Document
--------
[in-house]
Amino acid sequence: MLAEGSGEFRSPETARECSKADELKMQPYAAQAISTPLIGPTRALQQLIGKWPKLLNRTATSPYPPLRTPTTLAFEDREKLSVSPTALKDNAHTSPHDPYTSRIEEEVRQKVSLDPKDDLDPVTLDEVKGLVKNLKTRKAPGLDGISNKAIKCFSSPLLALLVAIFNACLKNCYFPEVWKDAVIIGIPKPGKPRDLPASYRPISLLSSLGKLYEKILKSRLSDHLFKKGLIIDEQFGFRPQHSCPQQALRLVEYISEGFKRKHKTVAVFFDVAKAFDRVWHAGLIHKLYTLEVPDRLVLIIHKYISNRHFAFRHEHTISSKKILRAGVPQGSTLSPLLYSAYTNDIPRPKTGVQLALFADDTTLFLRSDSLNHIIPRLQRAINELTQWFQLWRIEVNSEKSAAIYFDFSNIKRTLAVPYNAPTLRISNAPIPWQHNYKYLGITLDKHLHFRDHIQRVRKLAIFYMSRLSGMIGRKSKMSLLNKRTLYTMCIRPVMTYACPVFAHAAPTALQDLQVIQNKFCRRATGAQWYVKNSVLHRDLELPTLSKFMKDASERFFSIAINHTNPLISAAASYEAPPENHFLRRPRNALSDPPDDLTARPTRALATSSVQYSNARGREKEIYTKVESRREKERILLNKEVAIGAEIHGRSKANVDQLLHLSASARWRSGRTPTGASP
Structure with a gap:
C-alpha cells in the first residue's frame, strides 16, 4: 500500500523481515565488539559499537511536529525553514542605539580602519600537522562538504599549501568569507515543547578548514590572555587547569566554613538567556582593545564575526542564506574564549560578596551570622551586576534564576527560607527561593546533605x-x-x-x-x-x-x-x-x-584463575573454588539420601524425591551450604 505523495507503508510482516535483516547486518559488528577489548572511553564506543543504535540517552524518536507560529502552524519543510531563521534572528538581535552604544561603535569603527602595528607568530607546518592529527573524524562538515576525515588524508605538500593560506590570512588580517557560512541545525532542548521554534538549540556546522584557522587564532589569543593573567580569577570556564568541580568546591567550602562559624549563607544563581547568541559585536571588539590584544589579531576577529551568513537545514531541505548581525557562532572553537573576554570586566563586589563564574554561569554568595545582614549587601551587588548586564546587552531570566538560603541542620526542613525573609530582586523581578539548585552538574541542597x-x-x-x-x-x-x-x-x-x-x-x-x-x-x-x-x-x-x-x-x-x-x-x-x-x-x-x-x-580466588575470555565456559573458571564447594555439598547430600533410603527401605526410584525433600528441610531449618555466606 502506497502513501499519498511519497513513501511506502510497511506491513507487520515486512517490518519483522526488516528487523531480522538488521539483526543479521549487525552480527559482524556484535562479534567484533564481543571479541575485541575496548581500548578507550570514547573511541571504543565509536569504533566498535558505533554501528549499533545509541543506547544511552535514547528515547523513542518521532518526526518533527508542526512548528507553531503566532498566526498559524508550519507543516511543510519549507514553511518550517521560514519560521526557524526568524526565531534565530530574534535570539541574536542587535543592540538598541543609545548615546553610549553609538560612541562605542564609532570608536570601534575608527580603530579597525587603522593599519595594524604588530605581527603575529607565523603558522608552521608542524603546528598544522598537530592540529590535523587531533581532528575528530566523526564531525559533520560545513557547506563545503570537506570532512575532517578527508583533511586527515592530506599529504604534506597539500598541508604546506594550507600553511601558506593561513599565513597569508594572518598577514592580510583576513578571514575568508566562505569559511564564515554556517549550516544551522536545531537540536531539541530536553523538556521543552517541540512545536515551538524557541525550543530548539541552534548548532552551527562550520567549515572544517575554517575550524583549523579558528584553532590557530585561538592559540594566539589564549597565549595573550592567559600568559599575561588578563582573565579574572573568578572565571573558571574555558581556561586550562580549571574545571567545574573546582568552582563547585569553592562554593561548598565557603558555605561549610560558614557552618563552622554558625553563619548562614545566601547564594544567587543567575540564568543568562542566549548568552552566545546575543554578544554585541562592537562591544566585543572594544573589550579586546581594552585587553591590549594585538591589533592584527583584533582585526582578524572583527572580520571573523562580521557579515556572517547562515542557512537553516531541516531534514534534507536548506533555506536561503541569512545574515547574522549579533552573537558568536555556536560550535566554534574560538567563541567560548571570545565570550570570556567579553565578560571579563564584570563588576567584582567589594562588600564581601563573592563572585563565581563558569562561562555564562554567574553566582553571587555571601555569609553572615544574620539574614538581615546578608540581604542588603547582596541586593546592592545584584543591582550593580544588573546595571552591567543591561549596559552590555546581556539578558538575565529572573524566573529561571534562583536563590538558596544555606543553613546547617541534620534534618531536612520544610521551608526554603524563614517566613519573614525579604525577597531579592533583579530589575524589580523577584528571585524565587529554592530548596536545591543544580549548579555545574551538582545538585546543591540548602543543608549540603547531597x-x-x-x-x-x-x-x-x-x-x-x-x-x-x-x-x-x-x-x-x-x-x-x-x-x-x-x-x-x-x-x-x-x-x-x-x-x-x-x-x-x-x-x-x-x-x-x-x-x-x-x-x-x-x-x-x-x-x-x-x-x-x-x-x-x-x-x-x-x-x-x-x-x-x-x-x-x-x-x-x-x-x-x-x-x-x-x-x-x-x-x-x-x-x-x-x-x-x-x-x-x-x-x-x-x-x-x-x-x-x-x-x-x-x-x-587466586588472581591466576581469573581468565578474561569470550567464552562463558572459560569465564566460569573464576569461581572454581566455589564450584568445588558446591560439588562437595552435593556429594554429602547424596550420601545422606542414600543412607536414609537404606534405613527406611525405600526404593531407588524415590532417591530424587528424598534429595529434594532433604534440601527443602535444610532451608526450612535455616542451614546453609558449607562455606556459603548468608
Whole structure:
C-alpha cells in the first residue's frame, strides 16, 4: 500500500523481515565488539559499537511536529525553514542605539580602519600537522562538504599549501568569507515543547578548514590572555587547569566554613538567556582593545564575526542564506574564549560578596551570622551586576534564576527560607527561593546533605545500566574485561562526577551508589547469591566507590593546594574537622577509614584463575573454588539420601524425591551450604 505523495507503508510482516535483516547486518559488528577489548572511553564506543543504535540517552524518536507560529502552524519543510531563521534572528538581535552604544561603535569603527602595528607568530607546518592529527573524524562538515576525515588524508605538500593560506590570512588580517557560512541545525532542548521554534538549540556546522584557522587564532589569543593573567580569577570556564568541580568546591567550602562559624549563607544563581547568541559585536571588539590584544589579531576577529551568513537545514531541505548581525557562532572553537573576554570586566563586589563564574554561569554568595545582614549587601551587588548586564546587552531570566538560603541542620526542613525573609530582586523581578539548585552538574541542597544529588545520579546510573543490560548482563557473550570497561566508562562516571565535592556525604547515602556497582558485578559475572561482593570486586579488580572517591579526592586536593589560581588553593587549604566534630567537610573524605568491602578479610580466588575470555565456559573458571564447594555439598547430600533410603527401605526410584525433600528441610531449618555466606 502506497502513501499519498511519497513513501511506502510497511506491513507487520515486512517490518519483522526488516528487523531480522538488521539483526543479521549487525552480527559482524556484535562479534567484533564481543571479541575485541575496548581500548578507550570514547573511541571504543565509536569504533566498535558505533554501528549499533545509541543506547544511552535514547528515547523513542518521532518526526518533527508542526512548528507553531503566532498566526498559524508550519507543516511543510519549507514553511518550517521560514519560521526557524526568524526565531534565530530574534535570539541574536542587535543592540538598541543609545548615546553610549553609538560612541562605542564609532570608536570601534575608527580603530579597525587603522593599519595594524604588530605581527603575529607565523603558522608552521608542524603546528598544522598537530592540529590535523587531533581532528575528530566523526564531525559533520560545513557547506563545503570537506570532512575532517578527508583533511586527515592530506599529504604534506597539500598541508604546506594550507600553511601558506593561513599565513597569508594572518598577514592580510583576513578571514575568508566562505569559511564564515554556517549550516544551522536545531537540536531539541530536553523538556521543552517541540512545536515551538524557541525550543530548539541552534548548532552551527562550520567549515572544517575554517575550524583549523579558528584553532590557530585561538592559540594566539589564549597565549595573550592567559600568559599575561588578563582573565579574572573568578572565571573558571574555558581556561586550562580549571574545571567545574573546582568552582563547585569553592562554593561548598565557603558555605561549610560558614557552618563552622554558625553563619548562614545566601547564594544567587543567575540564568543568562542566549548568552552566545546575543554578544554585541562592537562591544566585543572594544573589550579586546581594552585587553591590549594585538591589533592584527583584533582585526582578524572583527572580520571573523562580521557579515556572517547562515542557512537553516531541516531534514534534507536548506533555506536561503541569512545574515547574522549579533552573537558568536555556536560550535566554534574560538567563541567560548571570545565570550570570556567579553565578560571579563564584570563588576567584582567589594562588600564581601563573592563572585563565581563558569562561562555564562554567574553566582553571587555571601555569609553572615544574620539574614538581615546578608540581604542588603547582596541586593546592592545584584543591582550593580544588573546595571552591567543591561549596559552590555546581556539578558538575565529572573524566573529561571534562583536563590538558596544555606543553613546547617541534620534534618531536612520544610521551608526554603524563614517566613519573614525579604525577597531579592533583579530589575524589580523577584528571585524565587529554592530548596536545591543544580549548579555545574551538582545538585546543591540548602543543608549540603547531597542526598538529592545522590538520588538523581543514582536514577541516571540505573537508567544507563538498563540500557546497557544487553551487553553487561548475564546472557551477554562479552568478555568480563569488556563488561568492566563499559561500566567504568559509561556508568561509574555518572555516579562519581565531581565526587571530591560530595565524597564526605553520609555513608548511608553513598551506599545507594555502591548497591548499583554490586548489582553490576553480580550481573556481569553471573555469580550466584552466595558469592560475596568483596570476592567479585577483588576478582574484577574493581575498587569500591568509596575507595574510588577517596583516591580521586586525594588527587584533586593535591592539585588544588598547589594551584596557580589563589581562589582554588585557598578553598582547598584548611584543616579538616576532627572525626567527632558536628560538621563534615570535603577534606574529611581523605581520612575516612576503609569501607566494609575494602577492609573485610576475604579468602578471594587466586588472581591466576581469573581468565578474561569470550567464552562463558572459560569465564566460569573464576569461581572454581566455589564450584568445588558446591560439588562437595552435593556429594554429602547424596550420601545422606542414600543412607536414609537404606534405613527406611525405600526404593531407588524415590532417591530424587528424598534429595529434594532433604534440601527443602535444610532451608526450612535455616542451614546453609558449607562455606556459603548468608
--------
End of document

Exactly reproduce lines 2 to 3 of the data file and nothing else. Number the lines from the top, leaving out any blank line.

Amino acid sequence: MLAEGSGEFRSPETARECSKADELKMQPYAAQAISTPLIGPTRALQQLIGKWPKLLNRTATSPYPPLRTPTTLAFEDREKLSVSPTALKDNAHTSPHDPYTSRIEEEVRQKVSLDPKDDLDPVTLDEVKGLVKNLKTRKAPGLDGISNKAIKCFSSPLLALLVAIFNACLKNCYFPEVWKDAVIIGIPKPGKPRDLPASYRPISLLSSLGKLYEKILKSRLSDHLFKKGLIIDEQFGFRPQHSCPQQALRLVEYISEGFKRKHKTVAVFFDVAKAFDRVWHAGLIHKLYTLEVPDRLVLIIHKYISNRHFAFRHEHTISSKKILRAGVPQGSTLSPLLYSAYTNDIPRPKTGVQLALFADDTTLFLRSDSLNHIIPRLQRAINELTQWFQLWRIEVNSEKSAAIYFDFSNIKRTLAVPYNAPTLRISNAPIPWQHNYKYLGITLDKHLHFRDHIQRVRKLAIFYMSRLSGMIGRKSKMSLLNKRTLYTMCIRPVMTYACPVFAHAAPTALQDLQVIQNKFCRRATGAQWYVKNSVLHRDLELPTLSKFMKDASERFFSIAINHTNPLISAAASYEAPPENHFLRRPRNALSDPPDDLTARPTRALATSSVQYSNARGREKEIYTKVESRREKERILLNKEVAIGAEIHGRSKANVDQLLHLSASARWRSGRTPTGASP
Structure with a gap: